Portesham

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Coordinates: 50°40′13″N 2°33′50″W / 50.6702°N 2.5639°W / 50.6702; -2.5639

Portesham
Portesham Dorset - geograph.org.uk - 1021340.jpg
Portesham
Portesham is located in Dorset
Portesham
Portesham
 Portesham shown within Dorset
Population 685 [1]
OS grid reference SY602858
District West Dorset
Shire county Dorset
Region South West
Country England
Sovereign state United Kingdom
Post town WEYMOUTH
Postcode district DT3
Dialling code 01305
Police Dorset
Fire Dorset
Ambulance South Western
EU Parliament South West England
UK Parliament West Dorset
List of places
UK
England
Dorset

Portesham, sometimes also spelled Portisham,[2] is a village and civil parish in the county of Dorset in southwest England, situated in the West Dorset administrative district approximately 6 miles (10 km) northwest of Weymouth, 6 miles (10 km) southwest of the county town Dorchester, and 2 miles (3 km) northeast of the Jurassic Coast World Heritage Site at Chesil Beach. The parish is quite large, covering several outlying hamlets and what were once their manors.[3] In the 2011 census it had a population of 685 in 316 households[1] and 342 dwellings.[4]

Description[edit]

In 1905 Sir Frederick Treves described the village's site as being "in a hollow among the downs" so that it was "too low to command a view of the sea", but nevertheless "in a south-westerly gale the roar of the breakers on the Chesil Beach can be heard in the village."[5] The houses in Portesham comprise a mix of old grey stone cottages and more modern buildings in various styles.[2] A stream runs alongside the main street.[6]

History[edit]

The area around Portesham is rich in prehistoric remains. On the hills to the north of the village are several Bronze Age barrows and a Neolithic chambered long barrow called the Hell Stone,[7] which may have been used as a resting place for people awaiting burial in the nearby Valley of Stones.[8]

In 1024 the village was granted as a manor by King Canute. The lands were first given to Orc, Canute's servant and subsequently to the monastery of Abbotsbury. At the time of the Dissolution of the Monasteries the manor was granted to William Paulet, Lord St. John. The manor was also held at one time by the Trenchard family. The manor was partly sold in fee to the tenants by Sir Andrew Ricard. Upon his death, in 1672, the remainder passed to his daughter Christian and she married John, Lord Berkeley of Stratton. The manor then passed down through his family.[9]

Running through the parish is an outcrop of Purbeck limestone, which was formerly quarried. Portesham quarry operated in the 19th and early 20th centuries, producing stone that was used in domestic and ecclesiastical buildings within the local area, including Abbotsbury Abbey. A limekiln was sited within the quarry.[10][11]

A week-long fair was held in early August every year in Portesham until the First World War. Known as "Possum Fes' Wik", the event included all-night dancing.[2]

Portesham had a railway station sited across fields to the south of the village, on a branch line between Abbotsbury (the neighbouring village to the west) and Upwey (between Dorchester and Weymouth). The line and station closed in 1952.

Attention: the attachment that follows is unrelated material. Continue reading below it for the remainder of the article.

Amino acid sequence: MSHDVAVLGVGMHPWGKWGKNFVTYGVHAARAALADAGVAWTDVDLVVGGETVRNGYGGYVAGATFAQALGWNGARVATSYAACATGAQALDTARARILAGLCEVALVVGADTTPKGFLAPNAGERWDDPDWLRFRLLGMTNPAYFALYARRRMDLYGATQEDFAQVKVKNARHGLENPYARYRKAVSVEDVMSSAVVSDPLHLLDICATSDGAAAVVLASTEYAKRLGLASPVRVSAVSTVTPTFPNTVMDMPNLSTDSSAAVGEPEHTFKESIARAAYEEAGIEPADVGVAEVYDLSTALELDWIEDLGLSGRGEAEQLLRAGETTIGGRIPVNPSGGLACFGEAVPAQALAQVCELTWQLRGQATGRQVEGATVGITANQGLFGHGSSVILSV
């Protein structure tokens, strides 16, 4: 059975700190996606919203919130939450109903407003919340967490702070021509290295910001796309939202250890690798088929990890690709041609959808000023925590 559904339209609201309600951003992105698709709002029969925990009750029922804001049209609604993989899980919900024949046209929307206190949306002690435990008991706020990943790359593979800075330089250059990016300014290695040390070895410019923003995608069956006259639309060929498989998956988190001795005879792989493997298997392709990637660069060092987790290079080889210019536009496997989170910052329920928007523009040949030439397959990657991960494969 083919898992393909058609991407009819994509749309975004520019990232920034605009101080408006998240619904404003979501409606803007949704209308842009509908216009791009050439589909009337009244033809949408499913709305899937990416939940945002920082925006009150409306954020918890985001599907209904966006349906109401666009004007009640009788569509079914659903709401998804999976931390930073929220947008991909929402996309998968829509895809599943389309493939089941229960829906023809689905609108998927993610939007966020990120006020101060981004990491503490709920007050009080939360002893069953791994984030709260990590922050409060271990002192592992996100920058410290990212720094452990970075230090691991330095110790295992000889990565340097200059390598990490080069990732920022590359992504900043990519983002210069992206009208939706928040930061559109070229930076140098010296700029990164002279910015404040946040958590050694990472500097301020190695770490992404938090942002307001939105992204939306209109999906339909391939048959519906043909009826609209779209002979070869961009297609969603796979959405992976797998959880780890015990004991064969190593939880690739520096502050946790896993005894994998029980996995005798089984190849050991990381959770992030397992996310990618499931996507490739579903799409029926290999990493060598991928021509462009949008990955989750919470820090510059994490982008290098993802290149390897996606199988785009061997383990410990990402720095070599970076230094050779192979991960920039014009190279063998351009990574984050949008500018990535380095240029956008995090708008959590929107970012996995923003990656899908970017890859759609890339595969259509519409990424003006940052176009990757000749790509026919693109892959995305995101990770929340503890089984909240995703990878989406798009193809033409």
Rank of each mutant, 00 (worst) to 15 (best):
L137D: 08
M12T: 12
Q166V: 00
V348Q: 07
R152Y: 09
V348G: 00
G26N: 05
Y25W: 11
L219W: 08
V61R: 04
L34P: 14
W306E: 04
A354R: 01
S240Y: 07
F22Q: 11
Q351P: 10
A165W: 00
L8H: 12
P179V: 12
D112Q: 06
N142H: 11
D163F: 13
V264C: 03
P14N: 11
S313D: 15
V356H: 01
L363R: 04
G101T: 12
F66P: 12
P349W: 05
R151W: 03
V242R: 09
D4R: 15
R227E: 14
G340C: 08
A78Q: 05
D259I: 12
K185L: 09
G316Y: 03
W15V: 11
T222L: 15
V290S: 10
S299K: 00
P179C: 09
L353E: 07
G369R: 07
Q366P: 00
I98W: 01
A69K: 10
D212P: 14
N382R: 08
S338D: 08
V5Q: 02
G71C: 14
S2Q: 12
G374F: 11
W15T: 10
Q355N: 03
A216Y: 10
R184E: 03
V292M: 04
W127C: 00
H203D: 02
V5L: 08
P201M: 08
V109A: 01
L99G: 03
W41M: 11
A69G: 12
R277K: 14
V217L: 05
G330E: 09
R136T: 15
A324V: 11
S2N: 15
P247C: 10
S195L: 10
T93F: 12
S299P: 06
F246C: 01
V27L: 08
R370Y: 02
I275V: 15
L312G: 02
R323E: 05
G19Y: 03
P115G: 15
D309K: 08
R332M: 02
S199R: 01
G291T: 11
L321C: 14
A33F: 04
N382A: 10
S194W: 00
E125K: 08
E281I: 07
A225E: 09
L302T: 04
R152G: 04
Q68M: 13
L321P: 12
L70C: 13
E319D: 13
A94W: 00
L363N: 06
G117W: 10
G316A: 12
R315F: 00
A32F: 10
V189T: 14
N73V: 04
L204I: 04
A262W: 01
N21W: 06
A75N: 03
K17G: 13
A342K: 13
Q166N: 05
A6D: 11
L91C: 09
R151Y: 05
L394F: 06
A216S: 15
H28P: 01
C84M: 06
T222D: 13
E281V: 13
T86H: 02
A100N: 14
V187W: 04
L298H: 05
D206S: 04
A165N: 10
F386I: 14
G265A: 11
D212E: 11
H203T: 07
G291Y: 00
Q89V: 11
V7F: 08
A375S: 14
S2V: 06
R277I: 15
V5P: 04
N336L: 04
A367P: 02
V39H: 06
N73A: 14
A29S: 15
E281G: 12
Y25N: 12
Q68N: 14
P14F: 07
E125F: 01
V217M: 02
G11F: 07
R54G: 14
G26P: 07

Vice-Admiral Hardy[edit]

Captain Thomas Hardy, one of Lord Nelson's commanders at the Battle of Trafalgar, lived in the village. He was born a few miles away at Kingston Russell House,[5] lived in Portesham as a boy, and again as an older man at Portesham House.[2] He affectionately referred to the village as "Possum"[2] and is commemorated by the Hardy Monument, a tower 21 metres (69 ft) high, erected above the village in 1844 on the top of Black Down and visible over half the county.

Parish church of St Peter

Parish church[edit]

The parish church of St Peter is part of the Dorset Wildlife Trust's "Living Churchyard Project" and manages the churchyard for the benefit of wildlife. Part of the churchyard grass remains uncut to allow the growth of wildflowers, over 70 different species of which have been identified. A 1994 survey identified over 50 species of lichen. In 2011 the church won Best New Entry in the "Living Churchyard Competition".[12]

References[edit]

  1. ^ a b "Neighbourhood Statistics. Area: Portesham (Parish). Key Figures for 2011 Census: Key Statistics". Office for National Statistics. Retrieved 14 June 2013. 
  2. ^ a b c d e Roland Gant (1980). Dorset Villages. Robert Hale Ltd. pp. 163–4. ISBN 0 7091 8135 3. 
  3. ^ "Portesham". weymouth-dorset.co.uk. Retrieved 23 April 2013. 
  4. ^ "Neighbourhood Statistics. Area: Portesham (Parish). Key Figures for Housing.". Office for National Statistics. 27 April 2012. Retrieved 14 June 2013. 
  5. ^ a b Sir Frederick Treves (1905). Highways and Byways in Dorset. Macmillan and Co. Ltd. pp. 244–250. 
  6. ^ Ralph Wightman (1983). Portrait of Dorset (4 ed.). Robert Hale Ltd. p. 172. ISBN 0 7090 0844 9. 
  7. ^ "British History Online.Portesham". www.british-history.ac.uk. Retrieved 18 July 2013. 
  8. ^ West Dorset Holiday and Tourist Guide. West Dorset District Council. c. 1983. p. 14. 
  9. ^ "Portesham". weymouth-dorset.co.uk. Retrieved 11 June 2013. 
  10. ^ "Portesham West Dorset. History". www.portesham.org.uk. Retrieved 19 June 2013. 
  11. ^ "Portesham Stone Quarry". pastscape.org.uk. Retrieved 19 June 2013. 
  12. ^ "Portesham: St Peter, Portesham". 2010. Retrieved 22 April 2013. 

External links[edit]